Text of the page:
"One day is not going make a difference," Abad said. "We have to get a solution for this issue. Rather than stay out of work, we have to send a message to Congress."
Taylor said the names of between 50,000 and 70,000 casino employees on a petition calling for comprehensive immigration reform would send Congress "a powerful message from Nevada."
"These petitions are not going to stay here. They're going to Congress," Taylor said. "We view this as much broader than just one group. Our congressional delegation needs to hear this message in a unified way and in very strong terms."
While Hispanic immigrants have been the focus of the immigration reform issue, Taylor said the matter cuts across a wide path. He said one Las Vegas resort, where employees are covered by the Culinary union, has workers representing 84 nationalities.
"It's a compliment to this industry that they have embraced the contributions of immigrant workers," Taylor said. "This is a hotly debated issue right now in the streets of every single city in this country. In some ways, we haven't seen anything like this since the civil rights movement."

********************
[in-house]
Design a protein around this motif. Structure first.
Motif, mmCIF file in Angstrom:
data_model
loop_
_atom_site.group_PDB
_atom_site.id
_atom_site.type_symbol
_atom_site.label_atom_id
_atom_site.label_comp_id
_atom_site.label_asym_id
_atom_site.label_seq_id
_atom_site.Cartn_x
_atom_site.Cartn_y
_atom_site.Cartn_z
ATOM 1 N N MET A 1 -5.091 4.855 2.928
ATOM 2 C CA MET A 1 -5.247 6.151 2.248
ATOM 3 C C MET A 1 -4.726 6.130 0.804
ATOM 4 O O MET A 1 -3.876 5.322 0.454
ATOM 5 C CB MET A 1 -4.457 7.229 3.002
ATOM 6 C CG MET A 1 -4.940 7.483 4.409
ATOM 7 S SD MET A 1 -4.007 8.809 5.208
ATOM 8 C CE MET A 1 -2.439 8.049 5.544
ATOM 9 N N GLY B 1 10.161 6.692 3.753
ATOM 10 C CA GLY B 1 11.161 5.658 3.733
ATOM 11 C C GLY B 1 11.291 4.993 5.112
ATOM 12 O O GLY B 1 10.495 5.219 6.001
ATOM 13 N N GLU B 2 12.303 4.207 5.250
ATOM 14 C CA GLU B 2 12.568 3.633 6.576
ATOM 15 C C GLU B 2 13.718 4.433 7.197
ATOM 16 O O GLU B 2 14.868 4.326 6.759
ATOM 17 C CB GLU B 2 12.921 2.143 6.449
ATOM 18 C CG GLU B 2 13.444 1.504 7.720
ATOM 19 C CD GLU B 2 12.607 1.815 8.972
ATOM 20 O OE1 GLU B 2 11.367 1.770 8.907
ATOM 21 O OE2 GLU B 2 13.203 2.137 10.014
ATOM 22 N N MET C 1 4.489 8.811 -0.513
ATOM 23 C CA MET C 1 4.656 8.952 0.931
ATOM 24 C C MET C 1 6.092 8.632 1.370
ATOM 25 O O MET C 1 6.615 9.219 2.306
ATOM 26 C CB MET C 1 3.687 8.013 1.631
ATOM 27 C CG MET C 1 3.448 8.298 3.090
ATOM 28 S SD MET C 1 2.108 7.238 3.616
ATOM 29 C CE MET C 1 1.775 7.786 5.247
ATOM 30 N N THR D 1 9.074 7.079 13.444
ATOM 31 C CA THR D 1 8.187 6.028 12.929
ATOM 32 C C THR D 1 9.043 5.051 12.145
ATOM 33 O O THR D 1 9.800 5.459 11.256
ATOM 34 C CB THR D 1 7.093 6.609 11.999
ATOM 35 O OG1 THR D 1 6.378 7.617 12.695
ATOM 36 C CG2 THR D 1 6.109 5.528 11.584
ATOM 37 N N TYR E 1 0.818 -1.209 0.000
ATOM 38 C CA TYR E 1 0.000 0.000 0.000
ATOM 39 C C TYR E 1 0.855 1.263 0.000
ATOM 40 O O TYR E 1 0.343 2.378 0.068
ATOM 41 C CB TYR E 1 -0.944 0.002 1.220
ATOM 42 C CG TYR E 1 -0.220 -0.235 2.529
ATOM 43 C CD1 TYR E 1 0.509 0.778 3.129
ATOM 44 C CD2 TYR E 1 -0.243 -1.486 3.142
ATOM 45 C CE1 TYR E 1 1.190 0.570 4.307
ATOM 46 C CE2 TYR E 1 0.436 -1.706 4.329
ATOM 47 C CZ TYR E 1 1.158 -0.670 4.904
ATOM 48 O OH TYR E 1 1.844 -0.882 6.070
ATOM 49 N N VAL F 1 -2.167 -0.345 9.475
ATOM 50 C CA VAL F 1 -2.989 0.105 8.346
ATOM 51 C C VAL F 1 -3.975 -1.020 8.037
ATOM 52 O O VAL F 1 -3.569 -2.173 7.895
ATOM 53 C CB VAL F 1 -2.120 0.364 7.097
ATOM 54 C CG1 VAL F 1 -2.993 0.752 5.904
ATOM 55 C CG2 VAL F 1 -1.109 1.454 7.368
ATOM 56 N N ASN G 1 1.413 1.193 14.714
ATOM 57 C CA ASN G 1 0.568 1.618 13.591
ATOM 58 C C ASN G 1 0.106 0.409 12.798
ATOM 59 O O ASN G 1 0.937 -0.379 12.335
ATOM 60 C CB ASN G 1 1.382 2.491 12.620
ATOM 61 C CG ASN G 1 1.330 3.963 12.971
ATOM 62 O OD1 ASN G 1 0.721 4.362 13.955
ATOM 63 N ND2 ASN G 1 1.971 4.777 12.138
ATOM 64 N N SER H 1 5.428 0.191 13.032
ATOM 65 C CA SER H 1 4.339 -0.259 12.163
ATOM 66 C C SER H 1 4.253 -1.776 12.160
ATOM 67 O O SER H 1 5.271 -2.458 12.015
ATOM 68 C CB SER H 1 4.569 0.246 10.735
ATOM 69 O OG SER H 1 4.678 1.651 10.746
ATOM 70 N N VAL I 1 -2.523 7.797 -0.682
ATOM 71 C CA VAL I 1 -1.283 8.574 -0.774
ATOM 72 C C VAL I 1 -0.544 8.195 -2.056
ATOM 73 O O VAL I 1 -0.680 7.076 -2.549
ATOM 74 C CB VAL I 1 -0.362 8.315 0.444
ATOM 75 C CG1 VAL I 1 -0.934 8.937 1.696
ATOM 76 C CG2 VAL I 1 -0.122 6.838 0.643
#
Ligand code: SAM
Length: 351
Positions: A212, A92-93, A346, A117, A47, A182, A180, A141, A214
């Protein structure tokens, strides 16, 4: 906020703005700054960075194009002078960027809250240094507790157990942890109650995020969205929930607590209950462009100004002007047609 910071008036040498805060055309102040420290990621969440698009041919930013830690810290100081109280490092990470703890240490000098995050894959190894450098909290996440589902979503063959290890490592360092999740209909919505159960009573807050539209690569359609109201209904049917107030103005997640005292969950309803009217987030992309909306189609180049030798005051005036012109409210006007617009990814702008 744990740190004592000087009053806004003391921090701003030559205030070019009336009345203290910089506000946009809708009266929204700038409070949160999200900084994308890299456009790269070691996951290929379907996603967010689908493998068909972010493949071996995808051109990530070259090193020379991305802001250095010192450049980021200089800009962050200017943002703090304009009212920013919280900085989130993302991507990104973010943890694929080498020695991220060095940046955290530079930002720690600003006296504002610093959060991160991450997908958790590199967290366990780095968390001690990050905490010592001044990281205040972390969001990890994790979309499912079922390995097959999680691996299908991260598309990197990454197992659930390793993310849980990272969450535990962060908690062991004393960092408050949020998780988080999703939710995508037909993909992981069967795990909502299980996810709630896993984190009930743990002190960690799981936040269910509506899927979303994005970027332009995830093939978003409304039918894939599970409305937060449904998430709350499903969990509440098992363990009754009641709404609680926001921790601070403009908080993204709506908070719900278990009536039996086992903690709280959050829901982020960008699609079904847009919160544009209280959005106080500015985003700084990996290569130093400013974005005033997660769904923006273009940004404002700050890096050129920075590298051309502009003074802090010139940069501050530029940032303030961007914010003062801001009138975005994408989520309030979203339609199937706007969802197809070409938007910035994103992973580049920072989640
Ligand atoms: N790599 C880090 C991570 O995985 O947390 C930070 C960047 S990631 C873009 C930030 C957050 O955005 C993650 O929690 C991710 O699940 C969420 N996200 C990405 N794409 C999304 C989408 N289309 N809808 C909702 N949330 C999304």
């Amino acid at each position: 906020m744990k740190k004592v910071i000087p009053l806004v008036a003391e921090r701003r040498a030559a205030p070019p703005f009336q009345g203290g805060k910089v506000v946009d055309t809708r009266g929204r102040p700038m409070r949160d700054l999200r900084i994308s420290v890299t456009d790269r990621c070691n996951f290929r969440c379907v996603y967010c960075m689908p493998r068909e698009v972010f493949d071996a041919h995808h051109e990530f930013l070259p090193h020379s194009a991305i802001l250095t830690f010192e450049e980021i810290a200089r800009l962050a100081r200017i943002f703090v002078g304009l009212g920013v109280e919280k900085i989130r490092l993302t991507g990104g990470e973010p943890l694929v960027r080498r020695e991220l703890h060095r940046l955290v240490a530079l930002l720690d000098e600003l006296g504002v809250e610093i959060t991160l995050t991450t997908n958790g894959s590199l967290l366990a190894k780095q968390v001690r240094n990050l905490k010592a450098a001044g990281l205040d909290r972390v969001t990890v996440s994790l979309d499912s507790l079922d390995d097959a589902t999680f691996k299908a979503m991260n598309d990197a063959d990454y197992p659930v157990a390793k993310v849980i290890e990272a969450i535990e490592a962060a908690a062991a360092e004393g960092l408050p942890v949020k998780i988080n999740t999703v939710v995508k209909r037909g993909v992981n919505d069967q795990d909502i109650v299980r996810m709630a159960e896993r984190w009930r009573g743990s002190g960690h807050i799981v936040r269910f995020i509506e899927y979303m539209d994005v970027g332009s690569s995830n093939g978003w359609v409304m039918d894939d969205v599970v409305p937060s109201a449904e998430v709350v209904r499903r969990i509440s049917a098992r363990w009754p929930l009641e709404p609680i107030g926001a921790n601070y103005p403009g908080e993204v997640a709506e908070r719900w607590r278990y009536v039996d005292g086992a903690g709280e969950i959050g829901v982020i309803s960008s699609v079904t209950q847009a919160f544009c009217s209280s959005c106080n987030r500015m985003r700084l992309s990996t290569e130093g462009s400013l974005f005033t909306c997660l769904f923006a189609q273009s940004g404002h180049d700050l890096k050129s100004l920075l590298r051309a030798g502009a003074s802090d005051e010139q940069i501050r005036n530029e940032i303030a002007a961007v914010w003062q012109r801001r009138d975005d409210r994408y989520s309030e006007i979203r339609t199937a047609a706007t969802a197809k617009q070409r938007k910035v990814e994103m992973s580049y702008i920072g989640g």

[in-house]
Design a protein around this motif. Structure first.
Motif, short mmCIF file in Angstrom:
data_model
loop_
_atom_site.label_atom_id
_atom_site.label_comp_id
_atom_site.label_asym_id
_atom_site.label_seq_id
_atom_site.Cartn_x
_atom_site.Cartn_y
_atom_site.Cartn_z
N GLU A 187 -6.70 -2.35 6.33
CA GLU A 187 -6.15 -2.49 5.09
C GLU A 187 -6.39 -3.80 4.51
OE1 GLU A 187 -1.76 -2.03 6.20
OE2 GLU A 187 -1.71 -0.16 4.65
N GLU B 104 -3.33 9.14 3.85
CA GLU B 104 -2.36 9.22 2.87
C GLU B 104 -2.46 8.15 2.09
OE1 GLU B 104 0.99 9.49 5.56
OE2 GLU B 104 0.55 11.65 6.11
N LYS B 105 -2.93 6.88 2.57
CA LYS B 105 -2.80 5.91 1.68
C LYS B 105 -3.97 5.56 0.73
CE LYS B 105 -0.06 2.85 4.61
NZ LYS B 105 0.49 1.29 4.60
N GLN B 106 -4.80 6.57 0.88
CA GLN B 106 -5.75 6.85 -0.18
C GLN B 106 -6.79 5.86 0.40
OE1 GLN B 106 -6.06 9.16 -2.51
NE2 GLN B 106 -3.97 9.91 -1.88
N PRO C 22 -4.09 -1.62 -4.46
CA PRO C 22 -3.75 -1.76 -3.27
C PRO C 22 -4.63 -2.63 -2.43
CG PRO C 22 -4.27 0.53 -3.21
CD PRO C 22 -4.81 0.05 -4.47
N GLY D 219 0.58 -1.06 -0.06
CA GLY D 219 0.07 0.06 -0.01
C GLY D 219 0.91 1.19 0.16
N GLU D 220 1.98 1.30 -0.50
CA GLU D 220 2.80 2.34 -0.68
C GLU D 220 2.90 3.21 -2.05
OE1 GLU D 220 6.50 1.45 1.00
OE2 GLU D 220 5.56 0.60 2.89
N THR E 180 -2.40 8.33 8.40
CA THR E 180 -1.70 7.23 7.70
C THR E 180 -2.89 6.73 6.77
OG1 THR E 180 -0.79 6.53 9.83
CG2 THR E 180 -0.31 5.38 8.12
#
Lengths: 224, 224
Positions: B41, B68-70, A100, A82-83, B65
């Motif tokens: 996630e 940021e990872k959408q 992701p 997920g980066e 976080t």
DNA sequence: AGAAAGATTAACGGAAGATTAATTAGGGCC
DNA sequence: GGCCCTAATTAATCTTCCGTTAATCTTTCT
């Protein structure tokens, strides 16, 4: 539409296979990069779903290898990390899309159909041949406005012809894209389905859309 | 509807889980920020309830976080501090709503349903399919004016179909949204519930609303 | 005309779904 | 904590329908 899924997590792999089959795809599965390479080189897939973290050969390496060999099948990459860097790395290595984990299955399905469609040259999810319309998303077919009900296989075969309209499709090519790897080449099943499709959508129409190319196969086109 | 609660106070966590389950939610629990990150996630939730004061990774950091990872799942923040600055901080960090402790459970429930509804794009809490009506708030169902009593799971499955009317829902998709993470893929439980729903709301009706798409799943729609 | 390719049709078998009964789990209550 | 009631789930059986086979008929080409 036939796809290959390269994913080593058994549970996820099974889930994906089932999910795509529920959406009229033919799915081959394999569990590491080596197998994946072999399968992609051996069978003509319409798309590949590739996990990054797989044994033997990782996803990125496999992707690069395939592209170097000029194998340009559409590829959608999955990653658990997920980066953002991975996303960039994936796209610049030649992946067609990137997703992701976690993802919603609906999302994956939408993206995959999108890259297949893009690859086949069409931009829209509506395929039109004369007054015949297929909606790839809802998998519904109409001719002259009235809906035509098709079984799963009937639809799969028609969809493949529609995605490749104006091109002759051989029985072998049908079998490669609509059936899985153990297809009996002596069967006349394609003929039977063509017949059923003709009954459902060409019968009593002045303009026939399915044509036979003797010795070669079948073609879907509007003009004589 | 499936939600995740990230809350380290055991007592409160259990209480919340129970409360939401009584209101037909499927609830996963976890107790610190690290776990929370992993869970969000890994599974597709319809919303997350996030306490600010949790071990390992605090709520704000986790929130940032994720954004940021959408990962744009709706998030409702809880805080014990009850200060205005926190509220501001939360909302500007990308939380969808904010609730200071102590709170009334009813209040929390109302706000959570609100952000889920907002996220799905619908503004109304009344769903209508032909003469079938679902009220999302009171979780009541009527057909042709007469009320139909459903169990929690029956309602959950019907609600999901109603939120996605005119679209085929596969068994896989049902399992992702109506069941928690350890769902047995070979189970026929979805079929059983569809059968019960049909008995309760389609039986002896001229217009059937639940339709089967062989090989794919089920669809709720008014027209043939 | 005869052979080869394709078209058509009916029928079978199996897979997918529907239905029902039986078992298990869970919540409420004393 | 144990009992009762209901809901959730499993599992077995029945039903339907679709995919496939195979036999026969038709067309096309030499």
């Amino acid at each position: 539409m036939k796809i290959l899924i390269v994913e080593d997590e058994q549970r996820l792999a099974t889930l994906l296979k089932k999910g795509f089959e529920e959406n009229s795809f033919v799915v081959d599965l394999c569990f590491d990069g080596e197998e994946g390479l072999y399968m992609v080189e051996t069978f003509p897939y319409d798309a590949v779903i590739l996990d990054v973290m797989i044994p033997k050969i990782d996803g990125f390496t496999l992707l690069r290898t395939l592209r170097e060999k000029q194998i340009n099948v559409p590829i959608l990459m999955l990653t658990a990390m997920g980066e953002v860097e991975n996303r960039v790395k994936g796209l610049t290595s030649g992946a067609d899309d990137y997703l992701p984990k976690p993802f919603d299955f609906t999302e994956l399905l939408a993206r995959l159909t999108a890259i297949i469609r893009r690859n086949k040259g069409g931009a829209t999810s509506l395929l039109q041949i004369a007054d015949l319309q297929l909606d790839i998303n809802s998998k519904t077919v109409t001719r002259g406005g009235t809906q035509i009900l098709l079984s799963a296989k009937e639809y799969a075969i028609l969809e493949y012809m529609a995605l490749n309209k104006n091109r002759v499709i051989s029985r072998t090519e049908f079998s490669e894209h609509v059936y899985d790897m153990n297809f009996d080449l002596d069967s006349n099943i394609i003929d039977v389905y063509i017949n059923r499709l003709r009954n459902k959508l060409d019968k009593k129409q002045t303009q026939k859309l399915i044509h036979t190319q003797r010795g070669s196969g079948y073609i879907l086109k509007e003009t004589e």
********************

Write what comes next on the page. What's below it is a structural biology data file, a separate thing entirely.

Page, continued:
While Culinary representatives will place the petitions in all properties where it represents workers, nonunion Las Vegas resorts also could feel the effects of any one-day worker boycott.
At Station Casinos, which has more than 14,000 nonunion workers in 15 casinos, plans are under way to help employees support a change in immigration laws.
Company Vice President of Human Resources Valerie Murzl said initiatives throughout all properties involving workers would demonstrate Station's commitment toward immigration reform.
At The Venetian, the Strip's largest nonunion resort, spokesman Ron Reese declined to discuss the property's plans for next week should immigrant employees participate in the boycott.